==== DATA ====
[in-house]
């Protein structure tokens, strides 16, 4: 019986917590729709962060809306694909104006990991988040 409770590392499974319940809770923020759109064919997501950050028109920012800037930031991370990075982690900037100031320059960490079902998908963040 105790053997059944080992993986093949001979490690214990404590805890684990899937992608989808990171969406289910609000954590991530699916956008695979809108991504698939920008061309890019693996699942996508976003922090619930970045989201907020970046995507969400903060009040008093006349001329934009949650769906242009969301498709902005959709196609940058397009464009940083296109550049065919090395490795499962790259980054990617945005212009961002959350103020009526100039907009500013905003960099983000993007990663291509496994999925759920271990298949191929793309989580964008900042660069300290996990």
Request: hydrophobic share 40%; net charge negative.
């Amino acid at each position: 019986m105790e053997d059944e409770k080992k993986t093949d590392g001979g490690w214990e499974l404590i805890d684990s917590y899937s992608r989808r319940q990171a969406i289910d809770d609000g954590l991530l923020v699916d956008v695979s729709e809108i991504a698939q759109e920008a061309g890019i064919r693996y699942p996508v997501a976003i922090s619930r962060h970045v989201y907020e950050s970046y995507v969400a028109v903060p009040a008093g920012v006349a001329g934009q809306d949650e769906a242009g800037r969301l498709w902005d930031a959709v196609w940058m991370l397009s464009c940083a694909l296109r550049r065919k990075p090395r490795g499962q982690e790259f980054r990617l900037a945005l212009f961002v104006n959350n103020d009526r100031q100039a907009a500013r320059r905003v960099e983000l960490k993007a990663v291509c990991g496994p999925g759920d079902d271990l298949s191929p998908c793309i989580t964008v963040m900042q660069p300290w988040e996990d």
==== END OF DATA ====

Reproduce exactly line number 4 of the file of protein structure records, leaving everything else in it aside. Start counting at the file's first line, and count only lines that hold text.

């Amino acid at each position: 019986m105790e053997d059944e409770k080992k993986t093949d590392g001979g490690w214990e499974l404590i805890d684990s917590y899937s992608r989808r319940q990171a969406i289910d809770d609000g954590l991530l923020v699916d956008v695979s729709e809108i991504a698939q759109e920008a061309g890019i064919r693996y699942p996508v997501a976003i922090s619930r962060h970045v989201y907020e950050s970046y995507v969400a028109v903060p009040a008093g920012v006349a001329g934009q809306d949650e769906a242009g800037r969301l498709w902005d930031a959709v196609w940058m991370l397009s464009c940083a694909l296109r550049r065919k990075p090395r490795g499962q982690e790259f980054r990617l900037a945005l212009f961002v104006n959350n103020d009526r100031q100039a907009a500013r320059r905003v960099e983000l960490k993007a990663v291509c990991g496994p999925g759920d079902d271990l298949s191929p998908c793309i989580t964008v963040m900042q660069p300290w988040e996990d």